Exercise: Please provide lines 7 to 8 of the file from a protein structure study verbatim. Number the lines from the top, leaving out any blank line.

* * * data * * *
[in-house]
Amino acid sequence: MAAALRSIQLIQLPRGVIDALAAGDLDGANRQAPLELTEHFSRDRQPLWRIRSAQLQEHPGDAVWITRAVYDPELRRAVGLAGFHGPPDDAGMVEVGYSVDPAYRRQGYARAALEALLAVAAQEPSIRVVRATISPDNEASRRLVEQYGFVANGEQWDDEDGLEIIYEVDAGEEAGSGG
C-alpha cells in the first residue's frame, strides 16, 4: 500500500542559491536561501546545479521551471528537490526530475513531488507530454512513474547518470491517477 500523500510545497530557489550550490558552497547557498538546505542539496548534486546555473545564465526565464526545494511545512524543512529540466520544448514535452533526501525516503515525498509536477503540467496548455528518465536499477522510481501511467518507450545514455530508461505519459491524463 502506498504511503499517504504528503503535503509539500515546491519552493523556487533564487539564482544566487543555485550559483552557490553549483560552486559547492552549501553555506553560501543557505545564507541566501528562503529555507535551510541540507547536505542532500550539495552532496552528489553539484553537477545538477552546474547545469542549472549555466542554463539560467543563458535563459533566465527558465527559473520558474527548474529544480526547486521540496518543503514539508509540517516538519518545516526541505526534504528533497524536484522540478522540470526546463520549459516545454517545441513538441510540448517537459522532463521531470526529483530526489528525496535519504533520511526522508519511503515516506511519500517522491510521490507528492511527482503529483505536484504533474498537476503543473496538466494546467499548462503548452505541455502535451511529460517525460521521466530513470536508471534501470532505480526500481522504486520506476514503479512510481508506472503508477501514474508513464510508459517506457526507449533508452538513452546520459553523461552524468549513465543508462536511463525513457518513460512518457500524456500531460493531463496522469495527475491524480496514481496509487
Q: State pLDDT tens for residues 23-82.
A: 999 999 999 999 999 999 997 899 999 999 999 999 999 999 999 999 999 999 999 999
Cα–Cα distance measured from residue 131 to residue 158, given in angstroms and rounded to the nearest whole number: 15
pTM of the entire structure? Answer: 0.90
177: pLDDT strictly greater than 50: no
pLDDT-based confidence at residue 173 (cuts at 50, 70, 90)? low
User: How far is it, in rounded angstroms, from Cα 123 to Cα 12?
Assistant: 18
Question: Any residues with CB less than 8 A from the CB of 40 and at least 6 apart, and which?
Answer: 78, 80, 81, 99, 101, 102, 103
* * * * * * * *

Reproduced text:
pTM of the entire structure? Answer: 0.90
177: pLDDT strictly greater than 50: no